Secondary Logo

Journal Logo

Pparγ Expression in T Cells as a Prognostic Marker of Sepsis

Brenneis, Marco; Aghajaanpour, Ramin; Knape, Tilo; Sha, Lisa K.; Neb, Holger; Meybohm, Patrick; Zacharowski, Kai; Hauser, Ingeborg A.; Büttner, Stefan; Parnham, Michael J.; Brüne, Bernhard; von Knethen, Andreas

doi: 10.1097/SHK.0000000000000568
Clinical Aspects
Free
SDC
Editor's Choice

ABSTRACT Translating murine data to the human situation, we proposed that the level of peroxisome proliferator-activated receptor γ (PPARγ) expression in T cells from septic patients correlates with clinical outcome. In this preliminary report, we analyzed PPARγ mRNA expression in CD3+ T cells derived from blood of a very small number of septic patients (n = 18) on various days up to 2 weeks after the initial diagnosis. CD3+ T cell count was determined by flow cytometry. T cells from n = 11 healthy donors were included as controls. Maximal PPARγ mRNA expression was observed on the day of sepsis diagnosis (day 0; 5,896 ± 1,523 copies PPARγ mRNA/25 ng mRNA, *P < 0.05 vs. controls). In contrast, the number of CD3+ T cells was significantly decreased in septic patients compared with healthy controls (296 ± 31 vs. 1,803 ± 134 T cells/μL blood, ***P < 0.001). Setting two arbitrary limits: patients with a PPARγ expression in T cells higher than 7,000 copies/25 ng mRNA, of whom five of six patients died during the ICU stay, and patients with a T cell count below 100 T cells/μL blood, of whom five of eight patients died, we identified a correlation between sepsis survival and low T cell number, paired with high T cell-specific PPARγ expression. Among all 18 sepsis patients, four fulfilled the criteria for both arbitrary settings and all four of these patients subsequently died. We suggest that both high PPARγ expression in T cells and low absolute T cell number in blood of septic patients may have the potential as a new prognostic marker for a poor sepsis outcome.

*Institute of Biochemistry I-Pathobiochemistry, Faculty of Medicine, Goethe-University Frankfurt

Fraunhofer Institute for Molecular Biology and Applied Ecology IME, Project Group Translational Medicine & Pharmacology TMP

Department of Anaethesiology, Intensive Care Medicine and Pain Therapy, University Hospital Frankfurt

§Department of Nephrology, Medical Clinic III, University Hospital Frankfurt, Frankfurt, Germany

Address reprint requests to Andreas von Knethen, PhD, Institute of Biochemistry I-Pathobiochemistry, Faculty of Medicine, Goethe-University Frankfurt, Theodor-Stern-Kai 7, 60590 Frankfurt, Germany. E-mail: vonknethen@biochem.uni-frankfurt.de

Received 2 October, 2015

Revised 16 October, 2015

Accepted 12 January, 2016

MB, RA, and TK contributed equally to the work.

This research was supported by grants from the Deutsche Forschungsgemeinschaft (KN493/9-2/11-1 and SFB815 TP3, TP8). The work was supported by the Else Kröner-Fresenius Foundation (EKFS), Research Training Group Translational Research Innovation-Pharma (TRIP), and the Landesoffensive zur Entwicklung wissenschaftlich-ökonomischer Exzellenz (LOEWE), Schwerpunkt Anwendungsorientierte Arzneimittelforschung.

The authors report no conflicts of interest.

Supplemental digital content is available for this article. Direct URL citations appear in the printed text and are provided in the HTML and PDF versions of this article on the journal's Website (www.shockjournal.com).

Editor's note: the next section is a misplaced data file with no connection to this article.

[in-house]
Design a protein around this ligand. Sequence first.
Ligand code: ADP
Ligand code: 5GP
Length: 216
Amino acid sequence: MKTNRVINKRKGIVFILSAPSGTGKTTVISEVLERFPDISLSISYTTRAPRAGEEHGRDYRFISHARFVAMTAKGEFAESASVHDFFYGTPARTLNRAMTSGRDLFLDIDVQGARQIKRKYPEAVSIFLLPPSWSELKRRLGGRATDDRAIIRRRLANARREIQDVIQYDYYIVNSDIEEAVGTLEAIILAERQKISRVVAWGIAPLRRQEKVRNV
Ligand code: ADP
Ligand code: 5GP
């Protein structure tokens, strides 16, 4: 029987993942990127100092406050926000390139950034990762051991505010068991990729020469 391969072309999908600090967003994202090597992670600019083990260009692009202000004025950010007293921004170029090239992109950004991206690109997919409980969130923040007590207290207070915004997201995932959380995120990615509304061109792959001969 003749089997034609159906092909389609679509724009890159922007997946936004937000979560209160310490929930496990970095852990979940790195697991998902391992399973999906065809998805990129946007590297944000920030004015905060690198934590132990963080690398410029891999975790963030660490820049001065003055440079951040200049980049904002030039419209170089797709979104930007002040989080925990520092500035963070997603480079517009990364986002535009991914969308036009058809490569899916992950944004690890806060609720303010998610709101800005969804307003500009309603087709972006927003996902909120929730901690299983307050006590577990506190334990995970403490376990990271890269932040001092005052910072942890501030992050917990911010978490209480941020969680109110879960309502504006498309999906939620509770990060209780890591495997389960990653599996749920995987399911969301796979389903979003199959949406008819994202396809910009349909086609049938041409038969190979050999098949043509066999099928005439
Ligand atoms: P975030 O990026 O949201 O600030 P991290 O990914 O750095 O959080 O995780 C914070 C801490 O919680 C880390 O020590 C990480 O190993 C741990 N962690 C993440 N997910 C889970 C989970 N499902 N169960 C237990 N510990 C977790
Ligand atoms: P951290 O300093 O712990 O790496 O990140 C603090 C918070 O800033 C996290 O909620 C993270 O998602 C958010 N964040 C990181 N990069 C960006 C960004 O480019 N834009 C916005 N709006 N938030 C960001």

Back to Top | Article Outline

INTRODUCTION

Sepsis is characterized by the coexistence of both hyperinflammatory and hypoinflammatory responses to pathogens (1). Recent clinical studies primarily sought to influence the hyperinflammatory pathway using different pharmacological approaches to decrease proinflammatory mediators (2). But suppression of the hyperinflammatory response reduces the host's ability to fight primary or secondary infections, and therefore this treatment regimen failed to significantly improve septic survival (3–5).

However, the concomitant release of anti-inflammatory mediators, as a constituent aspect of the hypoinflammatory response, provokes T cell apoptosis (6). This excessive T cell death produces immune paralysis, which is thought to be the main reason for the inability of the septic patient to fight against infections (7) that correlates with sepsis mortality (3,5,8,9).

Peroxisome proliferator-activated receptor gamma (PPARγ) causes one of these anti-inflammatory responses (10–12) and acts as a key regulator in apoptosis of activated T cells during sepsis (6). The transcription factor heterodimerizes with the retinoid X receptor protein and activates target genes by binding to PPAR response elements (3,10). With regard to sepsis, it is of interest that PPARγ binds to other transcription factors or coactivators, thus preventing their binding to their responsive site(s) in promoter/enhancer regions of mainly proinflammatory target genes. Consequently, in a mouse polymicrobial sepsis model, genetic deletion of PPARγ in T cells or its pharmacological antagonism improves survival by preventing T cell apoptosis, consequently reducing immune paralysis (3). As a potential mechanism causing T cell apoptosis during sepsis, PPARγ-dependent induction of its target gene PTEN emerged. The phosphatase PTEN is known to counteract prosurvival PI3K and Akt signaling, thereby provoking a proapoptotic pathway (3,13). In addition, PPARγ inhibits interleukin (IL)-2 expression and downstream antiapoptotic Bcl-2 signaling by scavenging NFAT, a transcription factor essential for IL-2 expression and concomitant T cell survival (3,14). In line with these in vivo animal data, T cells derived from septic patients were found to be more prone to PPARγ-dependent apoptosis following exposure to PPARγ agonists ex vivo compared with T cells isolated from the blood of healthy donors (6). Moreover, an initial study determining PPARγ expression in T cells from septic patients revealed higher expression of PPARγ in these cells compared with T cells from healthy volunteers (6,12).